Euclid is a European mission to understand dark energy where LAM plays a central role.
Understanding dark energy
The Universe is apparently accelerating its expansion.
This requires a tremendous energy, which has been called “dark energy” : its effects are measured but it is “dark” as today there is no firm evidence upon its nature.
Either we are faced with a new type of particle or one of the fundamental laws of Physics, Gravity, needs to be modified. Understanding the nature of Dark Energy is one of the major challenges of contemporary Physics. As the effects of dark energy are most visible on very large scales, it can be tested using the distribution of ordinary and dark matter in the Universe. Astrophysics, and particularly Cosmology, provides the most relevant methods to test this new form of energy.
The properties of Dark Energy can be measured by looking at how galaxies are distributed in space at different epochs along the life of the Universe, and by measuring deformations of space-time produced by gravitational lensing.
The European scientific community has designed the Euclid space mission to survey most of the sky, selected for implementation by ESA in 2011. A total of 15000 square degrees will be surveyed, to obtain detailed images of more than 2 billion galaxies, and spectroscopy of more than 50 million of them to obtain the most detailed 3D map of the universe ever produced, looking back in time about 10 billion years. Euclid will be the most efficient experiment dedicated to Dark Energy in the next decade, providing extremely accurate measurements on scales never attainted before.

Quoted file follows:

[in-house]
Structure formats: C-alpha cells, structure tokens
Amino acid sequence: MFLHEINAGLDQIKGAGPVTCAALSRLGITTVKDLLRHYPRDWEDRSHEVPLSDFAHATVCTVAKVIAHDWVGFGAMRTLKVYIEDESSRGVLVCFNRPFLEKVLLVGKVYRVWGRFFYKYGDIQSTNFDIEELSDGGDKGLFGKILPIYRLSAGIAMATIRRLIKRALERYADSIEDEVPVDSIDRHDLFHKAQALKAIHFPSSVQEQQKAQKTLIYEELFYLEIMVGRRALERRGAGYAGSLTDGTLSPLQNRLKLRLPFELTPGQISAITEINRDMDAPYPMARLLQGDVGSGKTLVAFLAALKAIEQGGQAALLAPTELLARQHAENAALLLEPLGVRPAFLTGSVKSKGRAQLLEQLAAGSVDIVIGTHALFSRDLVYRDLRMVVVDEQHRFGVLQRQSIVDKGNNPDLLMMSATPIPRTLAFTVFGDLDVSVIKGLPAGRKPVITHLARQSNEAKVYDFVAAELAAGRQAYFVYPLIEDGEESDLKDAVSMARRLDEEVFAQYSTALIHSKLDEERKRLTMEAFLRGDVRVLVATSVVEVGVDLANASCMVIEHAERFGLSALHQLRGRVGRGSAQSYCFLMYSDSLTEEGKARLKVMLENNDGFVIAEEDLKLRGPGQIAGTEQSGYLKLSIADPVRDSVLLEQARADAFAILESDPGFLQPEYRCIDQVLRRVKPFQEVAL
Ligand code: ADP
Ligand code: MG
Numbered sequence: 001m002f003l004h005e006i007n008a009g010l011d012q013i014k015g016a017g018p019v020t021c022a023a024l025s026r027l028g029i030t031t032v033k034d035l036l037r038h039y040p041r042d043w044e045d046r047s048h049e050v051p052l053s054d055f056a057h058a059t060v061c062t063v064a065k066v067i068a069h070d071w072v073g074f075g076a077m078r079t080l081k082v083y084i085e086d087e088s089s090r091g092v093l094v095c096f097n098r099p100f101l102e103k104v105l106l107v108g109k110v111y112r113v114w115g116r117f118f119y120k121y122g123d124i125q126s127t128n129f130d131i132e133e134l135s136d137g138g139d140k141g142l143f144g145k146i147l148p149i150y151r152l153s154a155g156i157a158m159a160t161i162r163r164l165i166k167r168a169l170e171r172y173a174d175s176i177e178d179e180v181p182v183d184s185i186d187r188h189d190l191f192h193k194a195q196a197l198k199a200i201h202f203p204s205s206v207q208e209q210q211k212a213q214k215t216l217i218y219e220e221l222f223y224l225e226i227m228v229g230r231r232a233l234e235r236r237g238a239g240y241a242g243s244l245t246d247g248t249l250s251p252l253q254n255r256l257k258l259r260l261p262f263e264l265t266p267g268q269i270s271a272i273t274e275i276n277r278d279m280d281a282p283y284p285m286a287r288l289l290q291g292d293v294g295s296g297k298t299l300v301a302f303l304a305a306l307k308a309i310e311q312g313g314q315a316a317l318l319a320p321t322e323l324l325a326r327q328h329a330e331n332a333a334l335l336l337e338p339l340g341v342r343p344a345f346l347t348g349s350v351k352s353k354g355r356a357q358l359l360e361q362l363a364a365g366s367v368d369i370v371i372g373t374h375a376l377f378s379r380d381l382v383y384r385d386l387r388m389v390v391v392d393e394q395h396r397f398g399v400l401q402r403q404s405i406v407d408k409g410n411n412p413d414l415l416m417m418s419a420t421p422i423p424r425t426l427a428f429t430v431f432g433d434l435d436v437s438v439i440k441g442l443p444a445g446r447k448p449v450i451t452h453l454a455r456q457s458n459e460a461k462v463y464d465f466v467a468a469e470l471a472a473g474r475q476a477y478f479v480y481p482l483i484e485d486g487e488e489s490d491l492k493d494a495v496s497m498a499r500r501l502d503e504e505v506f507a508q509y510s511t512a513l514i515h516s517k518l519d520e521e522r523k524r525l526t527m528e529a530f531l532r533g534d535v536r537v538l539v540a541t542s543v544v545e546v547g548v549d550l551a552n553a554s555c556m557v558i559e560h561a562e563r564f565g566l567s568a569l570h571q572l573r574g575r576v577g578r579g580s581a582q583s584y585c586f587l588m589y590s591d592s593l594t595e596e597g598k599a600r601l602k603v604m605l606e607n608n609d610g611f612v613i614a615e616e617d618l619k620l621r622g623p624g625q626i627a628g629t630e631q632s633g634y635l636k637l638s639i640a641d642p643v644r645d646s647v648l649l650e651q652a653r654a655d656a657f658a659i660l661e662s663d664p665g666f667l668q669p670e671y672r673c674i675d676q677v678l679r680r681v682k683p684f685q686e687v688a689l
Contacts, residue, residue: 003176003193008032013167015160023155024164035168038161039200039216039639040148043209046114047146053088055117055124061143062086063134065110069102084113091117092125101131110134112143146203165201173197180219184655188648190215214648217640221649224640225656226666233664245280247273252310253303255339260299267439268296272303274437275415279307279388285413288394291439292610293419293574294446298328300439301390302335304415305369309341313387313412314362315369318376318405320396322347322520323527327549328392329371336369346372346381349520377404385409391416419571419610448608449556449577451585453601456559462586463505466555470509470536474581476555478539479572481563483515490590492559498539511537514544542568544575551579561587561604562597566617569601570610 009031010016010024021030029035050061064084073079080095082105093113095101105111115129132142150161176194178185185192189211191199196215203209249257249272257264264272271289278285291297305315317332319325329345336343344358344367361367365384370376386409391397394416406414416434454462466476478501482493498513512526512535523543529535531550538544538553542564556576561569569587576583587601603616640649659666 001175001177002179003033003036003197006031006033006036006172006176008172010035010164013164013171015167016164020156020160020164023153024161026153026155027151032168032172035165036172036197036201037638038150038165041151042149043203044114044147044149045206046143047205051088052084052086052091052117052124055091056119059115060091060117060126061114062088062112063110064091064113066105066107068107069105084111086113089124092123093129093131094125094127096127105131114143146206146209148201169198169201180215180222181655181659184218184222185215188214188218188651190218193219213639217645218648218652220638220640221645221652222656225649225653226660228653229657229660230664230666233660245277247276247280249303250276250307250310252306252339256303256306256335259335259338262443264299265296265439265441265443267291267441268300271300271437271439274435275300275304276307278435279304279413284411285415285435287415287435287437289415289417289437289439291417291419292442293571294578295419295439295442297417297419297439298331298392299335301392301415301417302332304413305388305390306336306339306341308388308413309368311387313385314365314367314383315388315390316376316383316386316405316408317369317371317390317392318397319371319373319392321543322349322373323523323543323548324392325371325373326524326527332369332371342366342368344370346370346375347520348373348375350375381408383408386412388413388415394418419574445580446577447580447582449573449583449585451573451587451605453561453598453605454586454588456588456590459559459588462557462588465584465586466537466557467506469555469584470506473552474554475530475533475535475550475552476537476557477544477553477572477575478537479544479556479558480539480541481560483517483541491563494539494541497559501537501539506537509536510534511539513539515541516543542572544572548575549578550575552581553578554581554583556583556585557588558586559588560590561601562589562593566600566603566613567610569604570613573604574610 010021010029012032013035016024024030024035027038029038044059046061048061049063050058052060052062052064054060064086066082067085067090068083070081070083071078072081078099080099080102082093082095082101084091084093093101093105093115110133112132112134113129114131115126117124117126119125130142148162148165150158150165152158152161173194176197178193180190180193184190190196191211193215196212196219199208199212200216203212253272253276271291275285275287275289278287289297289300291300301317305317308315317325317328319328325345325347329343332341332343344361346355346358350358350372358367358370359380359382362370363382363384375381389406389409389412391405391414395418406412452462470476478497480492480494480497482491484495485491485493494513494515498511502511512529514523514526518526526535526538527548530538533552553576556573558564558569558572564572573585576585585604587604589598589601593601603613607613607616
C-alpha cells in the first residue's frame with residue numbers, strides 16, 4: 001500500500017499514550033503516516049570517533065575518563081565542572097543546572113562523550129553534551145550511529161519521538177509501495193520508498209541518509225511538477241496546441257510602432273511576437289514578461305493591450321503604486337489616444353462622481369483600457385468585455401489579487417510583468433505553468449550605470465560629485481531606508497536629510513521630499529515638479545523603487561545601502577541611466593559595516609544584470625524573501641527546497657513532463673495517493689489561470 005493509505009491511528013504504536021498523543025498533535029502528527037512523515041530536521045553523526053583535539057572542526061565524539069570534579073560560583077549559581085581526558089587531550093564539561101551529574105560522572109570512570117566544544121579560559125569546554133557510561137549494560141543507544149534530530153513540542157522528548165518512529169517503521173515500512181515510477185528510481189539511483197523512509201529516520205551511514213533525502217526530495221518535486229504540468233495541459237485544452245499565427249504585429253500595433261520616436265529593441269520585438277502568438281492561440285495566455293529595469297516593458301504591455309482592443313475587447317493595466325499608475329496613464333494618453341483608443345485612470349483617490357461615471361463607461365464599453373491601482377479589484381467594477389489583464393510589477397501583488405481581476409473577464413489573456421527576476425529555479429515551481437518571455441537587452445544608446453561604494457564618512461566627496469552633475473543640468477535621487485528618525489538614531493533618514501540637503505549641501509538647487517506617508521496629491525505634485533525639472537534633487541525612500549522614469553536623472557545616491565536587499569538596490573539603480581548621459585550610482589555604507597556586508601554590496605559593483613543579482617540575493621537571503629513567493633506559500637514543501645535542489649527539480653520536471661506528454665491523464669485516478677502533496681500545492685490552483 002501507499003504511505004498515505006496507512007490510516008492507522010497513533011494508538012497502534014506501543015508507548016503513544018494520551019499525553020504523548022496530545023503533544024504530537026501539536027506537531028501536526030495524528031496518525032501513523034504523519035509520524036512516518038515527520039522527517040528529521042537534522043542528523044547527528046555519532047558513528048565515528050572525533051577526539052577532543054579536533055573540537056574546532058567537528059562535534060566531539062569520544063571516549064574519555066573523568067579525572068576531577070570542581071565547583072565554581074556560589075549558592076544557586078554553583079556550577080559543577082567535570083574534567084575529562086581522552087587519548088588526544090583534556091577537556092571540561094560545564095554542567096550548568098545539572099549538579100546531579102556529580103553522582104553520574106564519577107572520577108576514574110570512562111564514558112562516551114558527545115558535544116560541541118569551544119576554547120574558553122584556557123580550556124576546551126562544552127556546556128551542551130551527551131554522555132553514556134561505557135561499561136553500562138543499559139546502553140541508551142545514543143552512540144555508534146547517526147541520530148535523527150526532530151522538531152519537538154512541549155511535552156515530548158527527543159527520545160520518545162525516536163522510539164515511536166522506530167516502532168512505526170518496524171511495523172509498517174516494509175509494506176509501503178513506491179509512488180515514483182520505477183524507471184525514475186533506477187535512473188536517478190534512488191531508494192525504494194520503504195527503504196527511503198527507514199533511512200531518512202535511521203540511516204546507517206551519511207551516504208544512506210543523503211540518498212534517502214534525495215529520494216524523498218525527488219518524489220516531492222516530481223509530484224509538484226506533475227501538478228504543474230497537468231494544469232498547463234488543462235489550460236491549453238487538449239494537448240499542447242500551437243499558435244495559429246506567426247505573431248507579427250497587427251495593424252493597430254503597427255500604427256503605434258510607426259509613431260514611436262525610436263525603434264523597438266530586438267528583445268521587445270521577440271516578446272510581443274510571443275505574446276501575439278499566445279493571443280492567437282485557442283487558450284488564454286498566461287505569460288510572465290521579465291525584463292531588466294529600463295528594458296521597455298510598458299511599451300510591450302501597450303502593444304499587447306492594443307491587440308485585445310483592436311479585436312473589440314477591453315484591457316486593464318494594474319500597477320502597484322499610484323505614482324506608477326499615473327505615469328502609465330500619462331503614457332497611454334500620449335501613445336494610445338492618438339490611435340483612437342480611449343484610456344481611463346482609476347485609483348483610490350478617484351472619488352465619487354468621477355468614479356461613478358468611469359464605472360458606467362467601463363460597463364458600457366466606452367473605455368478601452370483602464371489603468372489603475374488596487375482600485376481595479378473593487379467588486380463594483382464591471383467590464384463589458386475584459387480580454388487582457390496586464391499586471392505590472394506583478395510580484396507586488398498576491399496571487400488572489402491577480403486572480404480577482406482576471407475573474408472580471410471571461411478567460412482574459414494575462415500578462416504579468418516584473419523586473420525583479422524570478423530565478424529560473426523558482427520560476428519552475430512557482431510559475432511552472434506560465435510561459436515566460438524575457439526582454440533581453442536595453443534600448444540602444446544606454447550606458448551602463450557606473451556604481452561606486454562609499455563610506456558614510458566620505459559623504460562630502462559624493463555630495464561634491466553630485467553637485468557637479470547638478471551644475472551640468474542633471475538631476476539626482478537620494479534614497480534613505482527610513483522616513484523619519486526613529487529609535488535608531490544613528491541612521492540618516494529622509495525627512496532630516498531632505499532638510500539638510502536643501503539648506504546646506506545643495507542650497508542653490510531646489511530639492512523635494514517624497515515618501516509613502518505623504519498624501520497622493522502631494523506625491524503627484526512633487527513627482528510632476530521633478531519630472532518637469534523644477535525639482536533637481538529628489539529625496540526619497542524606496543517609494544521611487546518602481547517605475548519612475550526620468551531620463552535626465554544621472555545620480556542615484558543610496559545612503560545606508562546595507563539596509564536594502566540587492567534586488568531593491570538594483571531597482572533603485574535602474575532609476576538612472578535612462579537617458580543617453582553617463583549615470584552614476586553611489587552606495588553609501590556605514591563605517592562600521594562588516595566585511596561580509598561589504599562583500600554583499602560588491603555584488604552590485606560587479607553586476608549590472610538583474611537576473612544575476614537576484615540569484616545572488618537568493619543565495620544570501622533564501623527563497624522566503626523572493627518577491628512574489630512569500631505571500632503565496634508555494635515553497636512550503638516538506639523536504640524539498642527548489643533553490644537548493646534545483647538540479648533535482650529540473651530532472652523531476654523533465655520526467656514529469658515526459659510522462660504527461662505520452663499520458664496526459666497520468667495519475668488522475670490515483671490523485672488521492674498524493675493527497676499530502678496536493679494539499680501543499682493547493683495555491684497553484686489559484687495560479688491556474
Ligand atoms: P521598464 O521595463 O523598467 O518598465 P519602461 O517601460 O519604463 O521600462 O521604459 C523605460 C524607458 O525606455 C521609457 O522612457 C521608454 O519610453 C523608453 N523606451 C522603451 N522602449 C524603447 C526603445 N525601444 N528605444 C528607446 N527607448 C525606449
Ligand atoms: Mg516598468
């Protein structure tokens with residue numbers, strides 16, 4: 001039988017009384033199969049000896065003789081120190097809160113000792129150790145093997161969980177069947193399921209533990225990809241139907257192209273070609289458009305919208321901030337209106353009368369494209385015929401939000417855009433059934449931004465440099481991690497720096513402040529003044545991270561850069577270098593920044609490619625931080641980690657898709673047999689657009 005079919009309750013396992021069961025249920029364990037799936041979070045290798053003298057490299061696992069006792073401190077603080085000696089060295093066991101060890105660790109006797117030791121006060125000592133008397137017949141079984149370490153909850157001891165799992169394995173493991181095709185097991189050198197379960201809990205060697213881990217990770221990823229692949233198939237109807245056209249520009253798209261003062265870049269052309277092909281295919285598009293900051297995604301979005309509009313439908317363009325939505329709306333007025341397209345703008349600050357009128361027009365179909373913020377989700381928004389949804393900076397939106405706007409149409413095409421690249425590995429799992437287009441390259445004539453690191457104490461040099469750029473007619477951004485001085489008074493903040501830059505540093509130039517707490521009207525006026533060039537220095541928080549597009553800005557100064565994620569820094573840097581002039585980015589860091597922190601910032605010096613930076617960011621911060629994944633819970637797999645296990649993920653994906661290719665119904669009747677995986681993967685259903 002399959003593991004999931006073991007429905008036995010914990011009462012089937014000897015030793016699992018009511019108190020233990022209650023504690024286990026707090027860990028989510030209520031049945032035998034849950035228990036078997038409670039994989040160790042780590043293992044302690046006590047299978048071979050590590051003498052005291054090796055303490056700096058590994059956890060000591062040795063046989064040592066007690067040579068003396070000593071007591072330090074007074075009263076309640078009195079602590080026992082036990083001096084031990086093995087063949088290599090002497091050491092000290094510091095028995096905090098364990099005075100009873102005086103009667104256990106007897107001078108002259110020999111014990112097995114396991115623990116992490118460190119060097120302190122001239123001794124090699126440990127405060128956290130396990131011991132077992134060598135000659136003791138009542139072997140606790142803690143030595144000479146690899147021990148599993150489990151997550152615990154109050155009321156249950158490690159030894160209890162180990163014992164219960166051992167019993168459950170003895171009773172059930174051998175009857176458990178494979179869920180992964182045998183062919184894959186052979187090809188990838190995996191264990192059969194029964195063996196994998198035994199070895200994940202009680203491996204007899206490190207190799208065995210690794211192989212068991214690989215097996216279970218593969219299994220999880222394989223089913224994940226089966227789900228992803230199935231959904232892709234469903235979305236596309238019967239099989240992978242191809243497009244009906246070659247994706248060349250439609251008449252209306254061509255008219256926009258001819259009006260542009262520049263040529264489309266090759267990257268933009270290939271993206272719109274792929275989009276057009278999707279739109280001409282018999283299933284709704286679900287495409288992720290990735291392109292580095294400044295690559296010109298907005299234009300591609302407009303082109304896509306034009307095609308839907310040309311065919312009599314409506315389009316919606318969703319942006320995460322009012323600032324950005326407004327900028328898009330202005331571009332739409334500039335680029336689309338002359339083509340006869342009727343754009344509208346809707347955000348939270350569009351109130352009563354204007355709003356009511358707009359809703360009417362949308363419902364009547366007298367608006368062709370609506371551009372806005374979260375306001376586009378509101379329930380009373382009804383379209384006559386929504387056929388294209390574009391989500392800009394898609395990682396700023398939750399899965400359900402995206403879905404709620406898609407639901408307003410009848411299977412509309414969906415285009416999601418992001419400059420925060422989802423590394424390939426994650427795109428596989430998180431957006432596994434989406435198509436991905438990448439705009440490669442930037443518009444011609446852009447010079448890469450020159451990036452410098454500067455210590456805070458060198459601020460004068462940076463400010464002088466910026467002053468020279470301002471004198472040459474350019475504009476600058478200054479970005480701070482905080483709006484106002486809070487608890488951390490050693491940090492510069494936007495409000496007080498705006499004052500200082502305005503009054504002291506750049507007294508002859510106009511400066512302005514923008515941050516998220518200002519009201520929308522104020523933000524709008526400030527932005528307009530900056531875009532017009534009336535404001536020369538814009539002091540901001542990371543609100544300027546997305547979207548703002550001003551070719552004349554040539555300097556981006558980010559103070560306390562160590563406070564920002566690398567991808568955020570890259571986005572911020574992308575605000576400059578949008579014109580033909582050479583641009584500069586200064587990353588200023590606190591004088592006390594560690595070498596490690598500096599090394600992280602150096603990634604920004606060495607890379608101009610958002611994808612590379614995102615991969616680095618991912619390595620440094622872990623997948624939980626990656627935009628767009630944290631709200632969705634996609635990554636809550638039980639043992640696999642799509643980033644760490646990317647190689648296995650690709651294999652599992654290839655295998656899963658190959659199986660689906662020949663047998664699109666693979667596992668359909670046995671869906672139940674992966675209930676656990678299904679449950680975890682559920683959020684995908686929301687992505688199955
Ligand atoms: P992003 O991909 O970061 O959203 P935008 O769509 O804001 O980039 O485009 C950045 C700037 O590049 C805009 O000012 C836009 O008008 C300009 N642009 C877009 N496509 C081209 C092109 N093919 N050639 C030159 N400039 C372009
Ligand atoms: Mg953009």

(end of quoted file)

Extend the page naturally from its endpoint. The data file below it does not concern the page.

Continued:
A space telescope with superb imaging and spectroscopic capabilities
The Euclid concept is based on a 1.2m telescope with 2 instruments. The NISP, the Near-Infrared Spectrograph and Photometer, will provide spectroscopy and photometry in the near-infrared domain. The VIS is a visible imager based on a large CCD array working in the visible domain.
The NISP instrument at LAM
NISP is a wide field spectrograph working in the near-infrared (figure). It is designed to follow the signatures of chemical elements like Hydrogen (the H line) in galaxies out to a redshift z=2, corresponding to a time when the Universe was about 10 billion years old. These spectral signatures are used to compute the redshift, related to the distance, of these galaxies. NISP will then produce a very accurate map of the distribution of galaxies in 3D space at all epochs across these 10 billion years of evolution. The NISP has been developed under the leadership of LAM with CNES. The design has been done in great part at LAM, and the instrument was integrated and tested in the LAM Plateforms. The large ERIOS curve has been particularly useful to test NISP under the stringent space conditions.